I started out on this identification process by first listing my personal characteristics and then environmental ones associated with where I live. I was able to generate a list of 10 industries that had promise for me to start a business. Next I reduced those 10 down to four distinct possibilities. They are as follows:
- Construction – tile work or cabinet installer
- ATM machines
- Janitorial Service
Now it is time to do some research and figure out what would be best.
My first concern was making enough money given the labor input against the time invested. In my first entry, I stipulated that in the long run I wanted to make at least $70 an hour for the services I rendered. Looking at the four possibilities above, I immediately became concerned with janitorial services. After all, is the market really going to pay out $100 an hour for an independent cleaning service? You would need that much revenue to cover equipment costs, insurance, transportation, business license and general administration costs to net $70 hour.
I decided to spend a half hour on the internet and look at a few franchise type organizations. I looked at Coverall in detail and couldn’t really find another with a lot of information. I did some asking around at work and one of my wife’s friends cleans offices. How much do folks charge a square foot? I’m finding out it is 10 cents to 25 cents a square foot per month depending on the nature of the business. If it’s a medical office, the charge is slightly more due to the nature of customized services, large open area stores or facilities, you charge a little less. Also, it depends on the nature of the services such as cleaning the kitchen and the dishes, level of trash services and the overall frequency of service. At 25 cents a square foot, for service twice a week, a typical 3000 square foot office will earn me around $750 per month. I’ll have to spend at least 4 hours per week if not 5 hours, so for the sake of using the best option, I’ll go with 4 hours a week to include travel time etc. This means I’ll have to spend right around 17 hours per month to earn $750. From this $750 I’ll have to deduct cleaning supplies and equipment costs. In my mind I’ll net around $675 per month for 17 hours of work. That equates to $40 an hour. I’m using the maximum revenue and the least number of hours just to determine if it is worth more research and the answer is no. Earning $40 an hour is nowhere near the desired return of $70 an hour. It isn’t even close. My thoughts on the competitive nature and the overall requirements, tells me that this is not a good choice. No need to spend any more time on this one.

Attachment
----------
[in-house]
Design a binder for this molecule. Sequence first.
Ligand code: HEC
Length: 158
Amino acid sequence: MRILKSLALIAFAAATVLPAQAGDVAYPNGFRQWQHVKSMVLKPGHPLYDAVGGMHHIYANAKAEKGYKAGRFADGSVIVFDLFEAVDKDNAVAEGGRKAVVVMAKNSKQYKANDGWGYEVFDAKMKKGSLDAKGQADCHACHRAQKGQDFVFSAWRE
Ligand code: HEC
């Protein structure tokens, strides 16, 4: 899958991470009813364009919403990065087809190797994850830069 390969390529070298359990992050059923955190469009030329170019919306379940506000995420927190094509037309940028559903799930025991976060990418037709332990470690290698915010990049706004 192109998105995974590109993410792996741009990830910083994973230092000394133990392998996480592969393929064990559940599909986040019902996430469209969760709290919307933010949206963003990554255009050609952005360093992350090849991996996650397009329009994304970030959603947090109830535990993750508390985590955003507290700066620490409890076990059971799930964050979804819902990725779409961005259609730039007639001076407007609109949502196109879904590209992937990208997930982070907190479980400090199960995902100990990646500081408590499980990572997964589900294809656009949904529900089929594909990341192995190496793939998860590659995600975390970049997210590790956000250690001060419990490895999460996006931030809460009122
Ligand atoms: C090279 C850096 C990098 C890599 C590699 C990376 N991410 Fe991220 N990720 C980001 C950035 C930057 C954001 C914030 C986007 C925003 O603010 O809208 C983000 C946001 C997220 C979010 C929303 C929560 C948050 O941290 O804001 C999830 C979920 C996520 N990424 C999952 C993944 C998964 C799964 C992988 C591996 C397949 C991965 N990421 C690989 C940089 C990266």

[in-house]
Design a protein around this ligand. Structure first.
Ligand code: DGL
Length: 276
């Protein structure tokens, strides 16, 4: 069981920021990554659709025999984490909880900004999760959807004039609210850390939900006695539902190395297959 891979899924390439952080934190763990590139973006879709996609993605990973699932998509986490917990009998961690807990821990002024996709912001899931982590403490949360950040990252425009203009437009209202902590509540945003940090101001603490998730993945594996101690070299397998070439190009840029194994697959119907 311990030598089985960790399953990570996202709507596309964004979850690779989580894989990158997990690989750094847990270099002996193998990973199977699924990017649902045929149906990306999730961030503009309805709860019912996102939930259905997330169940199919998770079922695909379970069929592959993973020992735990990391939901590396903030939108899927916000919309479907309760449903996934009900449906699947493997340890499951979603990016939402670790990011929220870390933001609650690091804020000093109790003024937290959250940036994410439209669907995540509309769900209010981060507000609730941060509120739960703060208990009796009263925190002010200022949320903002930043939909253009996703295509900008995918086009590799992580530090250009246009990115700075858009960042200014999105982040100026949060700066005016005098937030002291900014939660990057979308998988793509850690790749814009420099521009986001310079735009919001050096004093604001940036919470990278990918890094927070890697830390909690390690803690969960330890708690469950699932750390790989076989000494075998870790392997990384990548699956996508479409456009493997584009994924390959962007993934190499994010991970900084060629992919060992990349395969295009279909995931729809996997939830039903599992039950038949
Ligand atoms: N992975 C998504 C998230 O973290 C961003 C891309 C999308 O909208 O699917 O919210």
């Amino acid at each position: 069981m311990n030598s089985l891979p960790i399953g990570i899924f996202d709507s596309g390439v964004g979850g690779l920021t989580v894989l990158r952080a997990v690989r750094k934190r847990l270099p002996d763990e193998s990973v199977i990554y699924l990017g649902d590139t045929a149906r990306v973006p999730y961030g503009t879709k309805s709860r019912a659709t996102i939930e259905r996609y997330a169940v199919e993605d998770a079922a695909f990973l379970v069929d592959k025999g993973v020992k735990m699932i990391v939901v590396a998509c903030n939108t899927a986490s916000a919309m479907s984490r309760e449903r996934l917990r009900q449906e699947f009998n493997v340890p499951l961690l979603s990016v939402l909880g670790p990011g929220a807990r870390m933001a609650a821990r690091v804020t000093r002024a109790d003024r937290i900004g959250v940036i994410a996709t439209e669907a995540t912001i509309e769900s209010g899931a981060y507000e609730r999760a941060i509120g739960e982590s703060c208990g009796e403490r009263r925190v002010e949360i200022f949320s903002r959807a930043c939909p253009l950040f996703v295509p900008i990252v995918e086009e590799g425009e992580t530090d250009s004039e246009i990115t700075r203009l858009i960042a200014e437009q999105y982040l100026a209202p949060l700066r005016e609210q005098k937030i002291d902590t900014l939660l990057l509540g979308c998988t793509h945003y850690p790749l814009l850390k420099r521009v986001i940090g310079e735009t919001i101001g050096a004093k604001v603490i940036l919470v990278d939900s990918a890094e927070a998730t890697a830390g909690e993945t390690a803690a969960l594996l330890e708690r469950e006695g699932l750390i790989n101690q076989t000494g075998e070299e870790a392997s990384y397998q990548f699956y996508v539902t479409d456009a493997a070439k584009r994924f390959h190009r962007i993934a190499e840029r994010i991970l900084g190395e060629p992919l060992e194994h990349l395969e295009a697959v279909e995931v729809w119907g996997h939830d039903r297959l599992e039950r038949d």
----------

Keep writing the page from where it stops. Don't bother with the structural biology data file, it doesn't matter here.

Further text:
Cabinet Installer or Tile Work
Next, I decided to look at the construction items together. One of the guys at work has a brother that is a new home contractor. He agreed to meet me at a job site to discuss these two particular types of businesses.
I met him out there yesterday evening and we talked for a while. The first thing he told me was that I should drop the idea of being a cabinet installer. Although they are paid well, it takes about five years of full time on the job experience to really get involved in the higher paying cabinet type work. He said he just can’t let anyone install an $18,000 set of custom made cabinets. Most cabinets are installed by the cabinet maker because of the risk of damage involved. The cabinet maker took the measurements and did the layout, discussions with the homeowner etc. just to get them there. He wants his own guy to install them. They can’t leave the cabinets around for a couple of days waiting on you to install them at night. They get damaged by the painters, sheet rock guys, the flooring guys etc. Well, that knocks me out for that job. He told me I could do the lower end high volume apartments and small homes, but the contractors there do not pay very well. You’ll be lucky to make $30 an hour.